This weekend, the first and last 'Supermoon' of 2017 will appear for all to see, appearing larger and brighter than it has all year.

A supermoon happens when the moon's perigee (or closest orbit distance to Earth) coincides with a full moon. When this happens in December, due to the time of year, it is also known as a 'Full Cold Moon.' When a supermoon occurs, the moon will appear 14 percent larger than in size and will also appear to be up to 30 percent brighter than normal.

According to timeanddate.com, the moon will become full over Bismarck at 9:46 a.m. on Sunday morning, December 3rd. While that doesn't give much time for visibility of the full moon, if any, the moon's perigee won't reach until early Monday morning, December 4th, at 2:45 a.m. as it will be approximately 222,135 miles away from Earth. The moon's average distance from Earth is 238,000 miles. Because the moon's orbit isn't perfectly circular, this distance varies.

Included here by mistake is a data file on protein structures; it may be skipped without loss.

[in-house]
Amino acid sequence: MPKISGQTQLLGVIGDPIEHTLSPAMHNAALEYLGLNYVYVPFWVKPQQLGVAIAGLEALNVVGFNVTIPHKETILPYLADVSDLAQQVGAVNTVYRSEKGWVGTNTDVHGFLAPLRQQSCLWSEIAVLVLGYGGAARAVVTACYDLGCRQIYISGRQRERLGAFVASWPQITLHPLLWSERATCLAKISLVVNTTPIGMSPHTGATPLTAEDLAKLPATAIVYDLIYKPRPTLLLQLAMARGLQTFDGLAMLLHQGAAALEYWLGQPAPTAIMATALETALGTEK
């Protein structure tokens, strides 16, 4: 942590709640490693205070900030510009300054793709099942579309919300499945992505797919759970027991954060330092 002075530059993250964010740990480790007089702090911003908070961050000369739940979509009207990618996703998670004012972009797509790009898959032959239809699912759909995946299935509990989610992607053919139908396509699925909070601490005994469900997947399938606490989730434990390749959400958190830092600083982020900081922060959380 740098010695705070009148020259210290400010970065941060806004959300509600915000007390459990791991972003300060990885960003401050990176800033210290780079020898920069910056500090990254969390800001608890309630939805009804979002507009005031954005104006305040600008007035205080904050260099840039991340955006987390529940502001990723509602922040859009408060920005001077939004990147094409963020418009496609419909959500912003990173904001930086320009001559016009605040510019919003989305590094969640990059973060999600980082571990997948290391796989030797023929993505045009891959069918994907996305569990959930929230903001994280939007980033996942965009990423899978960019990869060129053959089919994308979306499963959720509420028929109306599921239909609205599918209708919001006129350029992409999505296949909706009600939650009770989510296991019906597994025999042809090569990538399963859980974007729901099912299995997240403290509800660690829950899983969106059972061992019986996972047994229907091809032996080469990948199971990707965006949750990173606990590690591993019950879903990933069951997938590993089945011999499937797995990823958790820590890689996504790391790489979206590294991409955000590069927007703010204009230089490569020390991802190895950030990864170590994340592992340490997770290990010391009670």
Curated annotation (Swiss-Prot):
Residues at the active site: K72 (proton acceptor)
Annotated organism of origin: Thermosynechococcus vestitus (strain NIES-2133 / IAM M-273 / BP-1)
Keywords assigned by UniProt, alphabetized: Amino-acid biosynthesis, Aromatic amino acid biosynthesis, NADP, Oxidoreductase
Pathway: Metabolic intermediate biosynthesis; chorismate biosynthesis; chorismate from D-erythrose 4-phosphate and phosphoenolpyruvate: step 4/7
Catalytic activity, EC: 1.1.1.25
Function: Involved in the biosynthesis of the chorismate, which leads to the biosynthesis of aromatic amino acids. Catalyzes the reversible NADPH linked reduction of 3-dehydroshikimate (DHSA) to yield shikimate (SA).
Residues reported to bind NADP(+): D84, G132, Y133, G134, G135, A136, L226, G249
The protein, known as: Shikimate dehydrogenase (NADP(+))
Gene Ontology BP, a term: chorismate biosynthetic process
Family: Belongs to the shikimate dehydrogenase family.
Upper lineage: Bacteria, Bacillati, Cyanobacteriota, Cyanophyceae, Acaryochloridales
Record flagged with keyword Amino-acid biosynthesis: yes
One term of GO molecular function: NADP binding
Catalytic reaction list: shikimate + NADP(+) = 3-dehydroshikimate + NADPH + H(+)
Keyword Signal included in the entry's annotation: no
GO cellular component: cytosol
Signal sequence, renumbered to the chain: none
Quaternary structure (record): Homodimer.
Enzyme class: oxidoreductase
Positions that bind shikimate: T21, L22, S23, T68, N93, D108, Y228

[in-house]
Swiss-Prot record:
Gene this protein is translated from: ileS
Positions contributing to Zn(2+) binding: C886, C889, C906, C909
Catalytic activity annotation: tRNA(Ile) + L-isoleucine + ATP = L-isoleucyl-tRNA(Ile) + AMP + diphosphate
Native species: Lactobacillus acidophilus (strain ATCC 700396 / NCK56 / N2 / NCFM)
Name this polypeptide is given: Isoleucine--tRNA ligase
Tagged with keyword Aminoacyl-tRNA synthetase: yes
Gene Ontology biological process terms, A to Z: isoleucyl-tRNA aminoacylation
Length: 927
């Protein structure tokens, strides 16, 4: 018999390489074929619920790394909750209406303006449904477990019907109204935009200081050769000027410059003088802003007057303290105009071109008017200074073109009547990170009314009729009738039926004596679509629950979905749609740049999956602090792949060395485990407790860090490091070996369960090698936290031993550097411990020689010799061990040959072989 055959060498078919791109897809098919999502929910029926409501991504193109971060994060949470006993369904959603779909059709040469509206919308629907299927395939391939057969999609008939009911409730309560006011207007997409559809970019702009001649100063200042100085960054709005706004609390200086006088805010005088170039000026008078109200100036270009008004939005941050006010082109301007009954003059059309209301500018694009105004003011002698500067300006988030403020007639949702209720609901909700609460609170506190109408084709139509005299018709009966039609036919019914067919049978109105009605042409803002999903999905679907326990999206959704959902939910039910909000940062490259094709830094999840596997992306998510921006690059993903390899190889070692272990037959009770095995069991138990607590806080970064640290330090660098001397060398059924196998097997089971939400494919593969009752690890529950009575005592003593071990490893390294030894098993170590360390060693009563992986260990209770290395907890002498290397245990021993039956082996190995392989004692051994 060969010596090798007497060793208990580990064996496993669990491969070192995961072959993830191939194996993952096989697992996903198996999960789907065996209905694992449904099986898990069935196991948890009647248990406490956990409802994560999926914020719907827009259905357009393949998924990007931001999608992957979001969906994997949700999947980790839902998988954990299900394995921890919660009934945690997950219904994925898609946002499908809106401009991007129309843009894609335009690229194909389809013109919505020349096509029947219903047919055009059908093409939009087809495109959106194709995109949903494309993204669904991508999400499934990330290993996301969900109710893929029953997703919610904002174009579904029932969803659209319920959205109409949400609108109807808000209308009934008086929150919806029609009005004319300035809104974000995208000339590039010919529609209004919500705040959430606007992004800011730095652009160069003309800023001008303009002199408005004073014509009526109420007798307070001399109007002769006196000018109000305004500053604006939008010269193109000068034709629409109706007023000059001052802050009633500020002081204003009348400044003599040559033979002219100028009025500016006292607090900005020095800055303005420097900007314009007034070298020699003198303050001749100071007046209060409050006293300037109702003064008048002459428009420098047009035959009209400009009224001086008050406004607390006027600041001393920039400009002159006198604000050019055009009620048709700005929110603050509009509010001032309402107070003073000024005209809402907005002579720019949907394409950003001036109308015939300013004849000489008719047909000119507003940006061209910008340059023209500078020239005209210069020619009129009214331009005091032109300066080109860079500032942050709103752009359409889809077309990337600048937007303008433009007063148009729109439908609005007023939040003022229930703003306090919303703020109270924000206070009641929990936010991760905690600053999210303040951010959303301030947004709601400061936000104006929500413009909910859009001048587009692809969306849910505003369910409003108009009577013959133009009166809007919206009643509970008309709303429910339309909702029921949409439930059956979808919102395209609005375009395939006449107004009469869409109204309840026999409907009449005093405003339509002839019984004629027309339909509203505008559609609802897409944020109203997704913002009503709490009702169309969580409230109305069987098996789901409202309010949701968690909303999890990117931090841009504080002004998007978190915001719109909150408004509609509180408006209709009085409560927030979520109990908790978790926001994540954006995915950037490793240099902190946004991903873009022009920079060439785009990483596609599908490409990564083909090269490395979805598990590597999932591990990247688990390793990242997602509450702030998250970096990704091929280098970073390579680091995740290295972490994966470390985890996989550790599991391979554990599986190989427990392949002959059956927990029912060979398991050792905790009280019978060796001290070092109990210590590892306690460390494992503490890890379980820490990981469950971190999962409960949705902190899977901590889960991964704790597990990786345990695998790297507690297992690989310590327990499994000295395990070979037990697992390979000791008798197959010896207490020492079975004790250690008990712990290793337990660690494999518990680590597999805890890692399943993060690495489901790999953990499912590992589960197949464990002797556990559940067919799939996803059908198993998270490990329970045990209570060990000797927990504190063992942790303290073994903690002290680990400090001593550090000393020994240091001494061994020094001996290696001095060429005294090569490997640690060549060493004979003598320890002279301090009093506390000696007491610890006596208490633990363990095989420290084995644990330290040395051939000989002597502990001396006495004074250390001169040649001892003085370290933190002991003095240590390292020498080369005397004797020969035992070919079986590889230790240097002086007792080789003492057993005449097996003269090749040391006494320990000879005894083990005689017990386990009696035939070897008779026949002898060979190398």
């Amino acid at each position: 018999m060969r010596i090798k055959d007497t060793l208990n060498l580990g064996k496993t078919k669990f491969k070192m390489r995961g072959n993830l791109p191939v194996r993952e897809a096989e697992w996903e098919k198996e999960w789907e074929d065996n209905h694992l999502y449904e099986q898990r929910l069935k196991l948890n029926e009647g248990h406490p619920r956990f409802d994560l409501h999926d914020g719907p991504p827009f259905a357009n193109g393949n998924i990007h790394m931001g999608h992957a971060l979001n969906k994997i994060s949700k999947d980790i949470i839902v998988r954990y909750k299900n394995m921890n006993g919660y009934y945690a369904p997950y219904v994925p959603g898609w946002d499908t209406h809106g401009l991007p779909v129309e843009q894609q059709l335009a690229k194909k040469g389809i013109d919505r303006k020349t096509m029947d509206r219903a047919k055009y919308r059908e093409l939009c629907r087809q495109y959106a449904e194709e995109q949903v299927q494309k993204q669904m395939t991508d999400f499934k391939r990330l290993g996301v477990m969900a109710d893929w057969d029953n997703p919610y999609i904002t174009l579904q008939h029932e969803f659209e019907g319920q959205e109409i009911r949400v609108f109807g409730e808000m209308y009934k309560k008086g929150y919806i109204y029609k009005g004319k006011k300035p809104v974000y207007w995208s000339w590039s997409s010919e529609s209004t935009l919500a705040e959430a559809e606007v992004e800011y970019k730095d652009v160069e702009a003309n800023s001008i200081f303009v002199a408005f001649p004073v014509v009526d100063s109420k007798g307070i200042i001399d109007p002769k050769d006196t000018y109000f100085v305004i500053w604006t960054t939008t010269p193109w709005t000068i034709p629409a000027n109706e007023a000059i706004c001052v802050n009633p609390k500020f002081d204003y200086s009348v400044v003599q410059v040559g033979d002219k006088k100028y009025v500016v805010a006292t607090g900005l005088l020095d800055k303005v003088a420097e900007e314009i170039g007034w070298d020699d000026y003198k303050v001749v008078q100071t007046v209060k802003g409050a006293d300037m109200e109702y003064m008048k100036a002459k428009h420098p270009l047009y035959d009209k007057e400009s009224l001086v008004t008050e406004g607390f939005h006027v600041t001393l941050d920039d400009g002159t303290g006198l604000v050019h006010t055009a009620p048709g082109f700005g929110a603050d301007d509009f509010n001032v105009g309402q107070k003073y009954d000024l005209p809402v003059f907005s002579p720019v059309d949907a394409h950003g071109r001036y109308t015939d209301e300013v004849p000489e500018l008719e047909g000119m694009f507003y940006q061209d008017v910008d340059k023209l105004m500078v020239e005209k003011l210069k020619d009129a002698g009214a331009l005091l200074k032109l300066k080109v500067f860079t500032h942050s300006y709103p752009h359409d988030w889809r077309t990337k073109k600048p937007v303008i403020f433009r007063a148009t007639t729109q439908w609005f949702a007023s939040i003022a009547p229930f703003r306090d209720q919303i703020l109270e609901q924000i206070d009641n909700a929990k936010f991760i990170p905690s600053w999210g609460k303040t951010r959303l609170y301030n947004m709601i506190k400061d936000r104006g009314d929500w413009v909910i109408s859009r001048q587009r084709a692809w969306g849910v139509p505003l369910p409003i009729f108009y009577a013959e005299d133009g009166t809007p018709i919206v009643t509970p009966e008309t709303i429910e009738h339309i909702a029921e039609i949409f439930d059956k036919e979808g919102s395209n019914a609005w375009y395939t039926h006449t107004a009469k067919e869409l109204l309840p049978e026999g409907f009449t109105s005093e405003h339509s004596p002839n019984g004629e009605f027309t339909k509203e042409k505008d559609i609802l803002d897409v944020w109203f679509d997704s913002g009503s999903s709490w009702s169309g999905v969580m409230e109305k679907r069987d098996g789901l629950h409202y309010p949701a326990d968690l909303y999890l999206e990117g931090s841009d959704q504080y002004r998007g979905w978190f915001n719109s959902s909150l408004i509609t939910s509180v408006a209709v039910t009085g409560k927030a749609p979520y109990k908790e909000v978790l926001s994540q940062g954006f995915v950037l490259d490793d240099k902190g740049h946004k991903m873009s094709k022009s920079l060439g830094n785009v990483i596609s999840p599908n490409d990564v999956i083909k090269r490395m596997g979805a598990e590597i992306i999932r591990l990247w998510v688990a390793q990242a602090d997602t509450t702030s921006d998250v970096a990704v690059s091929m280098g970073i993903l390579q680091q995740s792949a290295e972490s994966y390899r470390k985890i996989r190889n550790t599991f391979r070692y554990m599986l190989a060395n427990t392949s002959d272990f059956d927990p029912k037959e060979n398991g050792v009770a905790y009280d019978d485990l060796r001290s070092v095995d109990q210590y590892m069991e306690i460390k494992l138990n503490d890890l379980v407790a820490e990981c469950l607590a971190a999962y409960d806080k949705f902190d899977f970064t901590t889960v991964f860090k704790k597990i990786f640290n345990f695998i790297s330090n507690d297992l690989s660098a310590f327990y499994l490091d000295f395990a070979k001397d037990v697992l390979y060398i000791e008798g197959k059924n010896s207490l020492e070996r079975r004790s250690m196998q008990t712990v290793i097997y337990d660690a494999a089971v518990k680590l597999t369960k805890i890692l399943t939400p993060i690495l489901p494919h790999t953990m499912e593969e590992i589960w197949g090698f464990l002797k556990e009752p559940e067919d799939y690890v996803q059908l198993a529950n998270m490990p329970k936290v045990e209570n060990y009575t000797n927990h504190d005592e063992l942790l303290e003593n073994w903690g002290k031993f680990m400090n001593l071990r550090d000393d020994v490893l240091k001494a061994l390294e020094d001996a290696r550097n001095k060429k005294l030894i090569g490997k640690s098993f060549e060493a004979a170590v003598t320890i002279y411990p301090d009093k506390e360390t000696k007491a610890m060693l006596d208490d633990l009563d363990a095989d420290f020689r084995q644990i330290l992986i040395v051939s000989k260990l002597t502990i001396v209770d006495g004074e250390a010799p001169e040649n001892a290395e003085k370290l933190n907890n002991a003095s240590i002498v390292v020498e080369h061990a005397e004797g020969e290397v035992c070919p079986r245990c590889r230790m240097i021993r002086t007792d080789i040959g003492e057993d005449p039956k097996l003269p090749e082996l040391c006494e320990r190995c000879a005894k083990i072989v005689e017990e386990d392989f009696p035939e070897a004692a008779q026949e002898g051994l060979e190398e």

In contrast, the moon will reach its apogee (or farthest orbit distance from Earth) on Tuesday, December 19th when the distance will be 252,651 miles from Earth.

For you stargazers and others who will carry their weekend partying into the early hours of Monday morning, this will be your one and only chance to see a supermoon in 2017, so make sure you're looking up and have a Happy Supermoon!